Canadian insurance leader predicts US-owned brokerage layoffs, M&A slowdown

Canadian insurance leader predicts US-owned brokerage layoffs, M&A slowdown

Canadian insurance leader predicts US-owned brokerage layoffs, M&A slowdown | Insurance Business Canada

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Canadian insurance leader predicts US-owned brokerage layoffs, M&A slowdown

‘Canadians are having to answer to bosses in Chicago’

Insurance News

David Saric

M&A activity may be a regular part of the Canadian brokerage landscape, but the COO of one brokerage believes that there is a “deafening silence” around the increasing Americanization of local businesses and has predicted that an M&A slowdown could drive layoffs at US-owned firms based in Canada.

“No-one’s talked about how the Americans have swooped in and bought up basically all of the big brokerages except for the two that are owned by insurance companies, which presents a whole other set of challenges about potential conflicts of interest,” Bruce Rabik (pictured), chief operating officer at Acera Insurance Services said. “Now, Canadians are having to answer to bosses in Chicago or are having big decisions made elsewhere.”

Rabik predicts M&A slowdown, potential layoffs at big brokerages

A slowdown of M&A activity in the Canadian market will result in industry-wide disruption, especially on the talent side, Rabik predicted.

“I expect to see a lot more movement of producers into other companies, as well as employees,” Rabik said. “As soon as M&A activity slows down in Canada, the big American players are going to start to wonder why they’re in a foreign country, which may result in these larger companies laying off employees.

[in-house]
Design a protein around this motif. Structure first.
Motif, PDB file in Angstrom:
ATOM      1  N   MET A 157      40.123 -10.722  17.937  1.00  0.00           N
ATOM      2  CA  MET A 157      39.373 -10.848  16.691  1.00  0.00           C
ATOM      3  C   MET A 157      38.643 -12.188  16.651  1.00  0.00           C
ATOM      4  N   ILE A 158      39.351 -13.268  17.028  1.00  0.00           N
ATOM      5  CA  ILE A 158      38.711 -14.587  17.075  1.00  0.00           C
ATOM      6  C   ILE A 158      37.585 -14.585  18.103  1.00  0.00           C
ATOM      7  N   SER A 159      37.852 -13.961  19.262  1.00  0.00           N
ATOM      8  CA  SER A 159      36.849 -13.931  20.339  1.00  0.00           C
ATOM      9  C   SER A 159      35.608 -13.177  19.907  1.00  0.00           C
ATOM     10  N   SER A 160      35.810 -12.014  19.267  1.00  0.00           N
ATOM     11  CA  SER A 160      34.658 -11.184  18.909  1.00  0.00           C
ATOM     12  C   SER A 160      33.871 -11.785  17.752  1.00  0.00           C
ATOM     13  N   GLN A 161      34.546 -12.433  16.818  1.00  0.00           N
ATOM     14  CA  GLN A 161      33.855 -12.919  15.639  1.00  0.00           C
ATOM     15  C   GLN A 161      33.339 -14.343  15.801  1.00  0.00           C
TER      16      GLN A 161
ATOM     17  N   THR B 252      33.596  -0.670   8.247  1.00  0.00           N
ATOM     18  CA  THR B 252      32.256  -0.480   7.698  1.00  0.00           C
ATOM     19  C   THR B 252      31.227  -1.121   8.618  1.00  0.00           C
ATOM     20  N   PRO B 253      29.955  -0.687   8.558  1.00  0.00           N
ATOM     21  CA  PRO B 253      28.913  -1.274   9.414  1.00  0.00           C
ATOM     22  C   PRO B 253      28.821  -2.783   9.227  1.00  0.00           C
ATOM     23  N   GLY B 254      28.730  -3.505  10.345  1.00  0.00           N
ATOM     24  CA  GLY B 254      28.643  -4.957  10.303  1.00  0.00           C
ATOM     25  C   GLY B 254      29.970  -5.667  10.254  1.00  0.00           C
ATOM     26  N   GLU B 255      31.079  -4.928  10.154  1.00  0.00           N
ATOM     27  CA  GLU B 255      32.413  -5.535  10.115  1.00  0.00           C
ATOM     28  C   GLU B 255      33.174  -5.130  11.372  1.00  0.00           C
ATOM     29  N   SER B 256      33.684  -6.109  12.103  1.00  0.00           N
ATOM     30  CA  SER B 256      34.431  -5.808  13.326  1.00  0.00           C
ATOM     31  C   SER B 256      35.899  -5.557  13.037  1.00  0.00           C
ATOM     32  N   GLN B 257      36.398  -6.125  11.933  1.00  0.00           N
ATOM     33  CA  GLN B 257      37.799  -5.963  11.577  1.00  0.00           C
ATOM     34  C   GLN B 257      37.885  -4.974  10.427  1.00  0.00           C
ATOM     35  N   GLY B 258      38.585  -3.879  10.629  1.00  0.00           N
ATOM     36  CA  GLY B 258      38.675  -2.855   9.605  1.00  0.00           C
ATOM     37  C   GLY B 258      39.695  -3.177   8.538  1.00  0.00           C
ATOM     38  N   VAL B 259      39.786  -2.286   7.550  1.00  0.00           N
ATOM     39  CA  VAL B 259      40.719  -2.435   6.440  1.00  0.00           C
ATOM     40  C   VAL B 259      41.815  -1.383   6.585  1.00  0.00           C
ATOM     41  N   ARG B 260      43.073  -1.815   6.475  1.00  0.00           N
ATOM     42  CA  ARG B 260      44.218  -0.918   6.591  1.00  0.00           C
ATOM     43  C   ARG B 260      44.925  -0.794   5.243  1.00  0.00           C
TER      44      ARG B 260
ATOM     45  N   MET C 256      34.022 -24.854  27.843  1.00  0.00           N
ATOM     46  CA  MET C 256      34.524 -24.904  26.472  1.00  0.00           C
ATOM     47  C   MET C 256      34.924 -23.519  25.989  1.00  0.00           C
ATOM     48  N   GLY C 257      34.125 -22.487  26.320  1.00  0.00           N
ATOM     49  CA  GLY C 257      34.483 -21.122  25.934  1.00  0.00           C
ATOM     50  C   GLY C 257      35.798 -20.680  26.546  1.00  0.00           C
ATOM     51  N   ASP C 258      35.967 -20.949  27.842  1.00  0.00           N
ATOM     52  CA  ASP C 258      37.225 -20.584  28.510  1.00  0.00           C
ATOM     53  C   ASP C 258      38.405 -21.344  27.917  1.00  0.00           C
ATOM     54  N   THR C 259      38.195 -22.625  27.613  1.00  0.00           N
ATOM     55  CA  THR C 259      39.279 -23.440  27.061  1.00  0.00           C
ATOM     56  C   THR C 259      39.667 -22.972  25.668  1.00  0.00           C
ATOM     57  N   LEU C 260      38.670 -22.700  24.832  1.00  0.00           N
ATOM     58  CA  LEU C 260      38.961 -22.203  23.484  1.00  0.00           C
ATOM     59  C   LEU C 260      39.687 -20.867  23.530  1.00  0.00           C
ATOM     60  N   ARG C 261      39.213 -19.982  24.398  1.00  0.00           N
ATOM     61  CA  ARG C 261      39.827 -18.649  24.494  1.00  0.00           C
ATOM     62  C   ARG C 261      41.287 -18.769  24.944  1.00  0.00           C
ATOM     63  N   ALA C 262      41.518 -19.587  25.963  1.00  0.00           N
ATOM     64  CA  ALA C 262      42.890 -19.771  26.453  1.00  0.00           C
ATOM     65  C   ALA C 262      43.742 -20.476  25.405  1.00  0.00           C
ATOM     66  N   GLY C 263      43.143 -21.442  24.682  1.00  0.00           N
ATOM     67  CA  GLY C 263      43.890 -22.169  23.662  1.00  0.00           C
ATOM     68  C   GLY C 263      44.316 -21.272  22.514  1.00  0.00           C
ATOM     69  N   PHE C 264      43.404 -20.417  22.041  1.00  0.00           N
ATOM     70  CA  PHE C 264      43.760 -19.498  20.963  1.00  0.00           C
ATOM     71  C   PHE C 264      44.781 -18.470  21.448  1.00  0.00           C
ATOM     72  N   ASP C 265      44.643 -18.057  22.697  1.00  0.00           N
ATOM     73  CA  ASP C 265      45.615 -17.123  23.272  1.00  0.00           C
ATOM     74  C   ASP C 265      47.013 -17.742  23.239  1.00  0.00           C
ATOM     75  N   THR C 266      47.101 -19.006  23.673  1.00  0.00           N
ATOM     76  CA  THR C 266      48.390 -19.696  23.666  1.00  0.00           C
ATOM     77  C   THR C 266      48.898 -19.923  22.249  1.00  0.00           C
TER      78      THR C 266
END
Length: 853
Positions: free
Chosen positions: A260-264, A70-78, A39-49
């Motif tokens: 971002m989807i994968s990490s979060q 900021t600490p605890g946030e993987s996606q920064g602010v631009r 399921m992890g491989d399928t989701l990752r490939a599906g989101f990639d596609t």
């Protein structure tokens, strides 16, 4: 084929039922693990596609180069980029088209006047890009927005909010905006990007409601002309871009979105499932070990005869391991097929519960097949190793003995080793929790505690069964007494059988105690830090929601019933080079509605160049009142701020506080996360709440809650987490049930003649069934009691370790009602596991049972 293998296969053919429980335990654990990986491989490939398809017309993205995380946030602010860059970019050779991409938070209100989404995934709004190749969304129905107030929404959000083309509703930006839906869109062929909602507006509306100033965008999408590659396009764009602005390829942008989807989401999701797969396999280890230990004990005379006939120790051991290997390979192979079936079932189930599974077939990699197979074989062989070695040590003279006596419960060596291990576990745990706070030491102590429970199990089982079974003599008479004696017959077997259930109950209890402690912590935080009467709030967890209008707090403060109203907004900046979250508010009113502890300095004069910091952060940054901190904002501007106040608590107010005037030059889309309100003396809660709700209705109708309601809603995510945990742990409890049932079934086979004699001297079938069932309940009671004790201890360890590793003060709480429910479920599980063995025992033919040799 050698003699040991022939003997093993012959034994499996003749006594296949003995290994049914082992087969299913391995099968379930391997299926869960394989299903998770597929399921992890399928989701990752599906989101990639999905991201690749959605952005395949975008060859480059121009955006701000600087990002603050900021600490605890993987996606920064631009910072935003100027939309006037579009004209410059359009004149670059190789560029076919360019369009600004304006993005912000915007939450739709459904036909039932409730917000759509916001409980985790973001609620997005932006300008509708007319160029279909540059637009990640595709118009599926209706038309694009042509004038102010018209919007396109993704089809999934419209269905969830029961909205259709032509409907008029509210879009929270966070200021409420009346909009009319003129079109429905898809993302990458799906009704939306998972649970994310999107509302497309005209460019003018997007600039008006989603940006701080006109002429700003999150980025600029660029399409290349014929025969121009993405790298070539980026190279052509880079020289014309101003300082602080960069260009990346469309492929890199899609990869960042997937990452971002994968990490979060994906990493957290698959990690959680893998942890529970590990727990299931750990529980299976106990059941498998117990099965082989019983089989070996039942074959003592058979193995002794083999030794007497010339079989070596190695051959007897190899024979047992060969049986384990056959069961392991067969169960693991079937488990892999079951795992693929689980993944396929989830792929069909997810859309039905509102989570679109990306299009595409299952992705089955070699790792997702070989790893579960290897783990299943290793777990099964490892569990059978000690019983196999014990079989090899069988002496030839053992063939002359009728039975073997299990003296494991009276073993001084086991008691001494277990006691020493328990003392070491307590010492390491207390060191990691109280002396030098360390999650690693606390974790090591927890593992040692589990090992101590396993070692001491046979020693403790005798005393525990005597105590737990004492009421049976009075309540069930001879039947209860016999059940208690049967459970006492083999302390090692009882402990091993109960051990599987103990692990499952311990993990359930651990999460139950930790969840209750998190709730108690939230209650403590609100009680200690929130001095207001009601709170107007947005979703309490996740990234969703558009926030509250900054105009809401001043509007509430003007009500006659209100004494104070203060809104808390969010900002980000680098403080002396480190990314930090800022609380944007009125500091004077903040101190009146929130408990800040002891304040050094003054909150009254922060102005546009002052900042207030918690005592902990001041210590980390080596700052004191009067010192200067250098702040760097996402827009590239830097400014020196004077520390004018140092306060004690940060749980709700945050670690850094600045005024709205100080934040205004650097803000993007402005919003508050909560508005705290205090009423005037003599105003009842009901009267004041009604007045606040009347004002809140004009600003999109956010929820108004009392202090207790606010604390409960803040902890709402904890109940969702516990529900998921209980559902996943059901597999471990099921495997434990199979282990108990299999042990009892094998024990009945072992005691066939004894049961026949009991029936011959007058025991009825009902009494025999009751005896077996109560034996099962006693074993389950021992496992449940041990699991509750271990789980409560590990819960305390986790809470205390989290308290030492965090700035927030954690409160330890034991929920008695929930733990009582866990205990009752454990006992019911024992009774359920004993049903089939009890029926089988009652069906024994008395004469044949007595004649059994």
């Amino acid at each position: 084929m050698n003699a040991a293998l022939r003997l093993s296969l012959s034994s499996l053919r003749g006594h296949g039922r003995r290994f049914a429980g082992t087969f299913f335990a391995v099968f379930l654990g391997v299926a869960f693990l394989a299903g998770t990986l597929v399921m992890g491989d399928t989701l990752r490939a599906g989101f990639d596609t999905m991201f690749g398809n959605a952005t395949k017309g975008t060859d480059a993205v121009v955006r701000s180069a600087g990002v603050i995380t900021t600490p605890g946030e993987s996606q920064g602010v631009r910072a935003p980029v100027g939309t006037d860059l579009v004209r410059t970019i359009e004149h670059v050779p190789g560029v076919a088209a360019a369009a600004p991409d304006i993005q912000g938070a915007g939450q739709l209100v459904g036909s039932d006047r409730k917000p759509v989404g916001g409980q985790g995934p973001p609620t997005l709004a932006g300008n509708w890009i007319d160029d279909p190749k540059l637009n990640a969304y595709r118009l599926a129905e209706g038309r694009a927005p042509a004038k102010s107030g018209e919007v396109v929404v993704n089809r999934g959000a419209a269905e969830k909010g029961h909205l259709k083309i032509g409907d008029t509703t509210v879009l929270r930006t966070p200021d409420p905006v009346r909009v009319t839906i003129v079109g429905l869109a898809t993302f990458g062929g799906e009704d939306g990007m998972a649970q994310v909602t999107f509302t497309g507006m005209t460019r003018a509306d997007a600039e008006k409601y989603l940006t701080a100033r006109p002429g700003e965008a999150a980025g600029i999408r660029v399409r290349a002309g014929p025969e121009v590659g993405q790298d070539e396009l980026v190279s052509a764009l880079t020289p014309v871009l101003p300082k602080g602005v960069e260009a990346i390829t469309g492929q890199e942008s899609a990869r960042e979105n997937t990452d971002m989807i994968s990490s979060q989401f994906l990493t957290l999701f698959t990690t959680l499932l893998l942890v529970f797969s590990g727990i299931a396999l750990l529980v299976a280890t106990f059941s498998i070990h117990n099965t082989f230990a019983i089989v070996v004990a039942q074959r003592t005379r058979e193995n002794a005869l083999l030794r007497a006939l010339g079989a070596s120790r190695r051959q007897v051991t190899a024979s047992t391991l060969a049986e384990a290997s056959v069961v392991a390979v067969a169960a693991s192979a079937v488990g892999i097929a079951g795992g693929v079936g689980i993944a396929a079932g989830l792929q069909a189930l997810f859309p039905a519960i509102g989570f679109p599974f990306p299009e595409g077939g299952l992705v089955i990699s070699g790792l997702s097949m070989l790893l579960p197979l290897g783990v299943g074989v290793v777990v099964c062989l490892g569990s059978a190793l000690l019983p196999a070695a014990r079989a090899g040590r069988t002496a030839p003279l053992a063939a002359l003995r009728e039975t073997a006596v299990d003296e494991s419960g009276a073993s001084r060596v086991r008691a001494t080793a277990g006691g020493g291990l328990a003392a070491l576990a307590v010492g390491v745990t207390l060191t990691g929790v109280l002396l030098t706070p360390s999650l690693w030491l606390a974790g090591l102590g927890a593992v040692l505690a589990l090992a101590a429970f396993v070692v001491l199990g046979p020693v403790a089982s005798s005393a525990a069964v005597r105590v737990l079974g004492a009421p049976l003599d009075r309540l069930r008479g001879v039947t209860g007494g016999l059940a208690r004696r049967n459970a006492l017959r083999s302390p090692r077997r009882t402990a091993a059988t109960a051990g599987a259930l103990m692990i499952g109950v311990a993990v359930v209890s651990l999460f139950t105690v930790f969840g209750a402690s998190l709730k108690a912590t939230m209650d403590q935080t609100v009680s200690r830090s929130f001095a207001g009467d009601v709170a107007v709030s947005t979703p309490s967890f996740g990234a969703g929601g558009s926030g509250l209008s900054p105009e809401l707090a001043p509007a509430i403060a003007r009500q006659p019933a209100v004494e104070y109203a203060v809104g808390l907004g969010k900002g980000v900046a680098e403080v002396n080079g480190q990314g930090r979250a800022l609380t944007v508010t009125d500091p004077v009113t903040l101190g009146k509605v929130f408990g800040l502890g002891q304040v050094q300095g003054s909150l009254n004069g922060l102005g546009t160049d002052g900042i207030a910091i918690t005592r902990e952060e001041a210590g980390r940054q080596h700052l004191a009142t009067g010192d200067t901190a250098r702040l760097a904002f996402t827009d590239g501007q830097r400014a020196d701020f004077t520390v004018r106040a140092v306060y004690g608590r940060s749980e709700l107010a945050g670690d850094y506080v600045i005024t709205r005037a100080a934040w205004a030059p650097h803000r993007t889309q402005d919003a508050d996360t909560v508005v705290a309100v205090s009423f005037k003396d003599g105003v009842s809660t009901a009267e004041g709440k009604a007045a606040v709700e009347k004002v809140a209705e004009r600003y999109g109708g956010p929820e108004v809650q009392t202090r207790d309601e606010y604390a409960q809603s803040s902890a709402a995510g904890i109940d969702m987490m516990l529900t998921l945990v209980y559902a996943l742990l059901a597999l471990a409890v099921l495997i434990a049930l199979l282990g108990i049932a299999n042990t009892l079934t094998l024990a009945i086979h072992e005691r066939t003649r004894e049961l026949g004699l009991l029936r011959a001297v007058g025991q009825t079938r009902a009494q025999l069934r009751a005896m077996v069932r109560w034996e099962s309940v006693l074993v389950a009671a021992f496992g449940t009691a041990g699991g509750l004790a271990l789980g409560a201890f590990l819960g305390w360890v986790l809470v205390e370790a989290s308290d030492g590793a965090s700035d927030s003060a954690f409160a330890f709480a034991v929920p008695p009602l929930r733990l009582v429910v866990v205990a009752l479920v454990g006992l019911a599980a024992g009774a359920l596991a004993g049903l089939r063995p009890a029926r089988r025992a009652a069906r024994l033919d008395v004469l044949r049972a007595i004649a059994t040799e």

“We’re going to witness a lot more pressure on the big brokers this year.”

Rabik sees “a lot of opportunity to hire staff and producers who have been disrupted with all the M&A activity,” he told Insurance Business.

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“Our focus in 2024 is getting out there and attracting talent with our model of employee ownership,” the COO said. “It’s just a matter of making sure people know about it and making connections with them.”

The company is looking forward to hitting its targets for M&A in 2024, but Rabik tempered that it will not be taking a scattergun approach to deals.

“We’re not necessarily going out there and just participating in every auction and paying the highest price. What we’re really looking for is owners that want to sell, or more importantly, partner with us,” he said.

The latest addition to Acera’s brokerage roster is KRS Insurance Brokers, a Newmarket-based specialty provider servicing the Canadian pet care and beauty industries.

“We see lots of opportunity for geographic expansion across the country, with [KRS’ PROfur and PROtique] programs and certainly with that expertise,” Rabik said. “We will be able to present these products in a more direct-to-consumer manner and we see lots of opportunity to cross sell to those business owners, from personal lines to commercial.”

Specialty challenges – insurers are “very particular these days”

Specialty expertise has proved a valuable driver of growth and relationships in today’s insurance industry, but Rabik flagged certain market nuances that specialty brokers are keeping an eye on, among them carrier appetite.

“Insurance companies are very particular these days,” Rabik said. “You have to watch your loss ratios very carefully, and it’s pretty easy for somebody to lose market [share], lose capacity and competition is fierce everywhere.”

Technology is also an increasingly vital part of the specialty brokerage package.

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“Another challenge is utilizing technology to be hyper efficient,” the CEO said. “If you’re in the specialty market and have a lot of smaller clients, it is extremely important to get as efficient as possible, whether that’s just processing paper internally or using technology to interface with customers, such as quoting, binding and self-service.

“Those kinds of considerations are becoming more and more important.”

What are your thoughts on Rabik’s M&A and specialty predictions? Leave a comment below.

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